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An FCPA Triangle

First it was the company – Willsbros Group Inc. (see here).

Then, it was the company’s employees – Jim Bob Brown (see here) and Jason Steph (see here).

Finally, it is the company’s consultant – Paul Novak (see here).

An FCPA triangle of sorts.

Don’t hold your breath waiting for an FCPA square because, as has been noted in previous posts, the final piece of the puzzle … the “foreign official” will not be happening anytime soon as the FCPA only applies to the “briber-giver” not the “bribe-taker.”

As noted in the DOJ release, Novak (a former consultant for Willbros International Inc. – a subsidiary of Willbros Group Inc.) pleaded guilty to one count of conspiracy to violate the FCPA and one substantive count of violating the FCPA in connection with payments to Nigerian “foreign officials.”

Assistant Attorney General Breuer (the blog’s “person of the week” given his frequent mention here in the last few days) had this to say:

“The use of intermediaries to pay bribes will not escape prosecution under the FCPA. The Department will continue to hold accountable all the players in an FCPA scheme – from the companies and their executives who hatch the scheme, to the consultant they retain to carry it out.”

Of course, there still must be jurisdiction over the consultant, but this was not a problem in the Novak matter as he is a U.S. citizen and thus subject both to territorial jurisdiction (i.e. U.S. nexus – see 78dd-2(a)) or nationality jurisdiction (see 78dd-2(i)).

This isn’t the first time the DOJ has gone after consultants or agents. In March 2009, the DOJ unsealed indictments against U.K. citizens Jeffrey Tesler and Wojciech Chodan for their alleged roles in the KBR/Halliburton Nigeria bribery scheme. (see here for the DOJ release, here for the indictment).

Verdict In … Greens Found Guilty

The third FCPA trial of the summer has concluded and Gerald and Patricia Green (two Los Angeles area film executives) have been found guilty by a federal jury of conspiracy to violate the FCPA, substantive FCPA violations, and other charges (see here for the DOJ New Release).

According to the DOJ release, evidence introduced at trial showed that “beginning in 2002 and continuing into 2007, the Greens conspired with others to bribe the former governor of the [Tourism Authority of Thailand] in order to get lucrative film festival contracts as well as other TAT contracts.” According to the release, the evidence also established that the Green’s attempted to disguise the bribe payments by labeling them “sale commissions” and by making the payments “for the benefit of the former governor through the foreign bank accounts of intermediaries, including bank accounts in the name of the former governor’s daughter and friend.”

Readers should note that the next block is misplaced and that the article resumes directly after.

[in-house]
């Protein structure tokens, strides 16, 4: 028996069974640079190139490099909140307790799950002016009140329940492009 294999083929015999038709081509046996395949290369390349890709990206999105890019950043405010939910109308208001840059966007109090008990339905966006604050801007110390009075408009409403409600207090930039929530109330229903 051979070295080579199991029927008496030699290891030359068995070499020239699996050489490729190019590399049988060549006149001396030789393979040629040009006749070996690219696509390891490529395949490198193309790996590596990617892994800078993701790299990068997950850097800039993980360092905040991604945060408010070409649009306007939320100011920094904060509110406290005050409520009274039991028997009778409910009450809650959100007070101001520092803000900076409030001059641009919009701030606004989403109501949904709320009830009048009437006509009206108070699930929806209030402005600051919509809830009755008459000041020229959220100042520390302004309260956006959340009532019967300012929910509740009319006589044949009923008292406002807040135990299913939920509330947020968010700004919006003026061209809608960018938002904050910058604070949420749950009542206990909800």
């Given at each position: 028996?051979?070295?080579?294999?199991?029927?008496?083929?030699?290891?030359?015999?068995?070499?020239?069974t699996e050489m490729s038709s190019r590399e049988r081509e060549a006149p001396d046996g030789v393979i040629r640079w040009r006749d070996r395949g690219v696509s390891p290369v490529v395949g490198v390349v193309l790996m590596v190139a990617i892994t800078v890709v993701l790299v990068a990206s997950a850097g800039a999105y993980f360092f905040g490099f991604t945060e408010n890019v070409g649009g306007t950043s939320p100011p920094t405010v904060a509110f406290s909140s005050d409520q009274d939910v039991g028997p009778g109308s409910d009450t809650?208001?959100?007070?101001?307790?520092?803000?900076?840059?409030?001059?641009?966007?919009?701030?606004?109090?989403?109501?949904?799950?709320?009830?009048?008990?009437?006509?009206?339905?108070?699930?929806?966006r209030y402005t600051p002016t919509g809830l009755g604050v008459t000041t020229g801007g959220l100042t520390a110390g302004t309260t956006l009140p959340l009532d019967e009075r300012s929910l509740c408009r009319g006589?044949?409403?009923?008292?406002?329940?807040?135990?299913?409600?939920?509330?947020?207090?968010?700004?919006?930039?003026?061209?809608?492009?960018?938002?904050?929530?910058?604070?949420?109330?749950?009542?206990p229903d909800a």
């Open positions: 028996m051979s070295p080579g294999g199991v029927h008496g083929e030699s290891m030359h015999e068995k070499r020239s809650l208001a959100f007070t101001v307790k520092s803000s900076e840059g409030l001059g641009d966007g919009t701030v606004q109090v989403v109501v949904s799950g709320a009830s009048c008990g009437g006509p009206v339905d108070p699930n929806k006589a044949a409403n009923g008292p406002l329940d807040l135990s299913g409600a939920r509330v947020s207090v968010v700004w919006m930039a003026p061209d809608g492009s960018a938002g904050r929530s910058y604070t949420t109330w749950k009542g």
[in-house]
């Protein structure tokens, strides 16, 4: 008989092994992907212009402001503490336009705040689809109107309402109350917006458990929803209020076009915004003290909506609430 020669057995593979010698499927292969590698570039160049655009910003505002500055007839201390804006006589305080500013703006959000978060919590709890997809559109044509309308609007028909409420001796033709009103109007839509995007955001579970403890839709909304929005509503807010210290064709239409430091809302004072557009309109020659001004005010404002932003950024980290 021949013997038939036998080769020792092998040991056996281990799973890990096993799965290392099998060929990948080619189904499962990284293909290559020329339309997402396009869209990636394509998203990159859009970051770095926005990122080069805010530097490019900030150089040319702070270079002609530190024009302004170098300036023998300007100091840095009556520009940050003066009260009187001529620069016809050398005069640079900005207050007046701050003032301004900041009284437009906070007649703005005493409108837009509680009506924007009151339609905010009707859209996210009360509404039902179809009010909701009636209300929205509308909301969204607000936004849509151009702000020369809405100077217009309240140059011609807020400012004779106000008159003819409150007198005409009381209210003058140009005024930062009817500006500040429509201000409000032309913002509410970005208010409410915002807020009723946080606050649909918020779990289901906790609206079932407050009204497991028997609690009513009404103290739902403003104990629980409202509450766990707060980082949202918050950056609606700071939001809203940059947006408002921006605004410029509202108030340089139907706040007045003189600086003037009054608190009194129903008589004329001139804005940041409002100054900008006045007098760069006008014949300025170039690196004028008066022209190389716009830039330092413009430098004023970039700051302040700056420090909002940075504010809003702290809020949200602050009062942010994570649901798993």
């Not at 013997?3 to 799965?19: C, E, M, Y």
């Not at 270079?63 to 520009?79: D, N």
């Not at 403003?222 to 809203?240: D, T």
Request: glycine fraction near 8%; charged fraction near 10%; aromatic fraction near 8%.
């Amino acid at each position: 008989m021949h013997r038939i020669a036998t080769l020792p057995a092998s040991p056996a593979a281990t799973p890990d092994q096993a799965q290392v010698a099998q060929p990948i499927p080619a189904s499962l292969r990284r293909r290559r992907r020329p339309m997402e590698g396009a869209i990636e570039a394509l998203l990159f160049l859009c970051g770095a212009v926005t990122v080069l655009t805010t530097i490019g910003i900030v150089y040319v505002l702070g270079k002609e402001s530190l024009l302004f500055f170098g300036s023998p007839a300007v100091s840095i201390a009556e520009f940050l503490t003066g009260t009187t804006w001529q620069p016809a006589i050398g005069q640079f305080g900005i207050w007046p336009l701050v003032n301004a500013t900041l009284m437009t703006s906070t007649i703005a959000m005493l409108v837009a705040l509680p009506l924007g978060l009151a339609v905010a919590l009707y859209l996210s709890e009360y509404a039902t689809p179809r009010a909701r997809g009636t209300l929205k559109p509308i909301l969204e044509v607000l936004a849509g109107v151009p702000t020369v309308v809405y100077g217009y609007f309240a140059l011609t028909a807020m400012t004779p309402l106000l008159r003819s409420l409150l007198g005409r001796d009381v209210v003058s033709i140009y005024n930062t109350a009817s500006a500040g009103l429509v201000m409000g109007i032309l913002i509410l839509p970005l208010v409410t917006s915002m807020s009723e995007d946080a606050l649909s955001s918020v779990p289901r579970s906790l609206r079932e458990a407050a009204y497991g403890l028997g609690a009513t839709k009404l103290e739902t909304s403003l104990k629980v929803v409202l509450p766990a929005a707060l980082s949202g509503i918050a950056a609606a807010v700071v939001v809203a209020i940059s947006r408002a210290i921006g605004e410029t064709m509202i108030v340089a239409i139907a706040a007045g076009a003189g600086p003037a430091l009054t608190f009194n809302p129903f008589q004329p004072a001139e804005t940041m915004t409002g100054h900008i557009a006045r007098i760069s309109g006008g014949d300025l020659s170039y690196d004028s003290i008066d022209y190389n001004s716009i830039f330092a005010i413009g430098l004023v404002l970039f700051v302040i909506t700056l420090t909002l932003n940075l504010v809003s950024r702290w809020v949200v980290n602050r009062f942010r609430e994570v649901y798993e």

Reacting to the verdict, Assistant Attorney General Breuer stated that the DOJ “will not waiver in its fight against corruption, whether perpetrated within our borders or abroad” and that the FCPA “is a powerful tool that the [DOJ] will continue to use in an effort to stop individuals like the Greens who seek to further their own business interests through bribes paid to foreign officials.”

The Greens are to be sentenced in December and the conspiracy and FCPA charges each carry a maximum penalty of five years in prison.

As mentioned, the Green trial was the third FCPA trial of the summer.

The other two were the Bourke matter (see here) and the Jefferson matter (see here).

Leading up to these trials, the FCPA bar and the enforcement officials themselves, predicted that one result of these trials would be greater clarity of some of the FCPA’s murky elements.

While the verdicts were, on balance, pro-DOJ verdicts, the verdicts reached in these trials were not exactly uniform.

Bourke was convicted of conspiracy to violate the FCPA (the case did not proceed to trial on a substantive FCPA violation).

Jefferson was also convicted of conspiracy (although it is not entirely clear if the jury found him guilty of conspiracy to violate the FCPA). However, Jefferson was found not guilty on the substantive FCPA charge (the charge predicated on the “cash in the freezer” allegations).

Have these trials provided any greater clarity as to various FCPA elements as widely predicted?

I think it is far to say that as a result of the Bourke verdict (even though it was not a substantive FCPA trial), the FCPA’s knowledge standard has never been broader, and can be satisfied even when an investor, like Bourke, does not actually pay a bribe, but is merely aware that others may be making bribe payments in a widely viewed corrupt country for the potential benefit of an entity in which he is an investor (see here and here).

Beyond this, I’m not sure that any further clarity as to substantive FCPA elements has resulted from these trials, but I would be interested to hear what others have to say.

Will these trials and the largely pro-DOJ verdicts send a “proceed with caution” message to any individual or corporation faced with an FCPA enforcement action and stiffle legitimate defense theories based on the FCPA’s elements?

I expect so, yet that is indeed unfortunate as a significant portion of FCPA enforcements are based largely on DOJ/SEC’s untested and unchallenged interpretations of the law.